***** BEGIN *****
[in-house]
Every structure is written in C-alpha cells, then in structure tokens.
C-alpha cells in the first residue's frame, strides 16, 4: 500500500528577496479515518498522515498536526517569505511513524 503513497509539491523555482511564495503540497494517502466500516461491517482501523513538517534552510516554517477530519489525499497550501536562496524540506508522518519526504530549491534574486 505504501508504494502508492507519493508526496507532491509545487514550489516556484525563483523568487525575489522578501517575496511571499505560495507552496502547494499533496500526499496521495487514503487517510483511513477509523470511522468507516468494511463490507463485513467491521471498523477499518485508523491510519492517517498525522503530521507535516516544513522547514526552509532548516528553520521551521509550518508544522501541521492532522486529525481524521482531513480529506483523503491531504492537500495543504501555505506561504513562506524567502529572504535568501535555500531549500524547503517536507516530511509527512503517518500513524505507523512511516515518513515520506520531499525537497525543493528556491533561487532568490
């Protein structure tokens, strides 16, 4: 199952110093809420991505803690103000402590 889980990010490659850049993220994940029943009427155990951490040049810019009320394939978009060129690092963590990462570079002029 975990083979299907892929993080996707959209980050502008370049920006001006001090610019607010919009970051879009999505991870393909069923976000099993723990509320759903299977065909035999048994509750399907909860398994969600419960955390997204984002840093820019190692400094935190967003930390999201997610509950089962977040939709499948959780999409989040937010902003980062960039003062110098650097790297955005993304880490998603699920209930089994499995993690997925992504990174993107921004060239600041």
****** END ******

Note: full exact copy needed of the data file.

[in-house]
Every structure is written in C-alpha cells, then in structure tokens.
C-alpha cells in the first residue's frame, strides 16, 4: 500500500528577496479515518498522515498536526517569505511513524 503513497509539491523555482511564495503540497494517502466500516461491517482501523513538517534552510516554517477530519489525499497550501536562496524540506508522518519526504530549491534574486 505504501508504494502508492507519493508526496507532491509545487514550489516556484525563483523568487525575489522578501517575496511571499505560495507552496502547494499533496500526499496521495487514503487517510483511513477509523470511522468507516468494511463490507463485513467491521471498523477499518485508523491510519492517517498525522503530521507535516516544513522547514526552509532548516528553520521551521509550518508544522501541521492532522486529525481524521482531513480529506483523503491531504492537500495543504501555505506561504513562506524567502529572504535568501535555500531549500524547503517536507516530511509527512503517518500513524505507523512511516515518513515520506520531499525537497525543493528556491533561487532568490
């Protein structure tokens, strides 16, 4: 199952110093809420991505803690103000402590 889980990010490659850049993220994940029943009427155990951490040049810019009320394939978009060129690092963590990462570079002029 975990083979299907892929993080996707959209980050502008370049920006001006001090610019607010919009970051879009999505991870393909069923976000099993723990509320759903299977065909035999048994509750399907909860398994969600419960955390997204984002840093820019190692400094935190967003930390999201997610509950089962977040939709499948959780999409989040937010902003980062960039003062110098650097790297955005993304880490998603699920209930089994499995993690997925992504990174993107921004060239600041």